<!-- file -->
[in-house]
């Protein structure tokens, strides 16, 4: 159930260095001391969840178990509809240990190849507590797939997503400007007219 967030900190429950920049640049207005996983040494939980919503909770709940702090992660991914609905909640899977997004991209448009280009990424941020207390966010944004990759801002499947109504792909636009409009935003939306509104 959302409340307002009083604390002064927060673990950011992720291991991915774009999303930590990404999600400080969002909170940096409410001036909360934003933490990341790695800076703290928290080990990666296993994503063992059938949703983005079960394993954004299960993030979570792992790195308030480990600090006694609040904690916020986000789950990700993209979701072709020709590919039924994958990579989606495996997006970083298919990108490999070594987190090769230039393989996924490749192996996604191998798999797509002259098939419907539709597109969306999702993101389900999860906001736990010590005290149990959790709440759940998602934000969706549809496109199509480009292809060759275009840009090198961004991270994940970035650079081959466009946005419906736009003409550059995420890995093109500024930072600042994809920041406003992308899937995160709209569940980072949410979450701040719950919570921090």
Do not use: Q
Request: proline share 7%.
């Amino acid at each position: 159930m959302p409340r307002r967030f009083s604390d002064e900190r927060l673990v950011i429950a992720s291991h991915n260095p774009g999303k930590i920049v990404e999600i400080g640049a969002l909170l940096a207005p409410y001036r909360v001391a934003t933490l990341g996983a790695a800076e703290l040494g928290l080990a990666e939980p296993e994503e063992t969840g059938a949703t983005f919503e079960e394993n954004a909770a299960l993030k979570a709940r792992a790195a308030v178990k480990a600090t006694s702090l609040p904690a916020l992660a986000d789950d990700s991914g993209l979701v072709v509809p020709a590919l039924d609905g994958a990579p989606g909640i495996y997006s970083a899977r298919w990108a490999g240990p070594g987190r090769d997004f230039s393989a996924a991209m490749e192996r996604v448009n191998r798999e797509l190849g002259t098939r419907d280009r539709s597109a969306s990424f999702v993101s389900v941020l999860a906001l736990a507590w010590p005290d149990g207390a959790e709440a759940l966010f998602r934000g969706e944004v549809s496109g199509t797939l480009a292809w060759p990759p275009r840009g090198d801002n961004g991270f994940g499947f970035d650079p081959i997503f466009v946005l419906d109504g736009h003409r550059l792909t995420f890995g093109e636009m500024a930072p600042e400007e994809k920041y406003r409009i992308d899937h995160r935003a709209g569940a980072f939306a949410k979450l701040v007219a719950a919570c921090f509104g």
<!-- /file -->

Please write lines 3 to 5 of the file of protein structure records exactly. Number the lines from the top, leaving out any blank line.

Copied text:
Do not use: Q
Request: proline share 7%.
């Amino acid at each position: 159930m959302p409340r307002r967030f009083s604390d002064e900190r927060l673990v950011i429950a992720s291991h991915n260095p774009g999303k930590i920049v990404e999600i400080g640049a969002l909170l940096a207005p409410y001036r909360v001391a934003t933490l990341g996983a790695a800076e703290l040494g928290l080990a990666e939980p296993e994503e063992t969840g059938a949703t983005f919503e079960e394993n954004a909770a299960l993030k979570a709940r792992a790195a308030v178990k480990a600090t006694s702090l609040p904690a916020l992660a986000d789950d990700s991914g993209l979701v072709v509809p020709a590919l039924d609905g994958a990579p989606g909640i495996y997006s970083a899977r298919w990108a490999g240990p070594g987190r090769d997004f230039s393989a996924a991209m490749e192996r996604v448009n191998r798999e797509l190849g002259t098939r419907d280009r539709s597109a969306s990424f999702v993101s389900v941020l999860a906001l736990a507590w010590p005290d149990g207390a959790e709440a759940l966010f998602r934000g969706e944004v549809s496109g199509t797939l480009a292809w060759p990759p275009r840009g090198d801002n961004g991270f994940g499947f970035d650079p081959i997503f466009v946005l419906d109504g736009h003409r550059l792909t995420f890995g093109e636009m500024a930072p600042e400007e994809k920041y406003r409009i992308d899937h995160r935003a709209g569940a980072f939306a949410k979450l701040v007219a719950a919570c921090f509104g």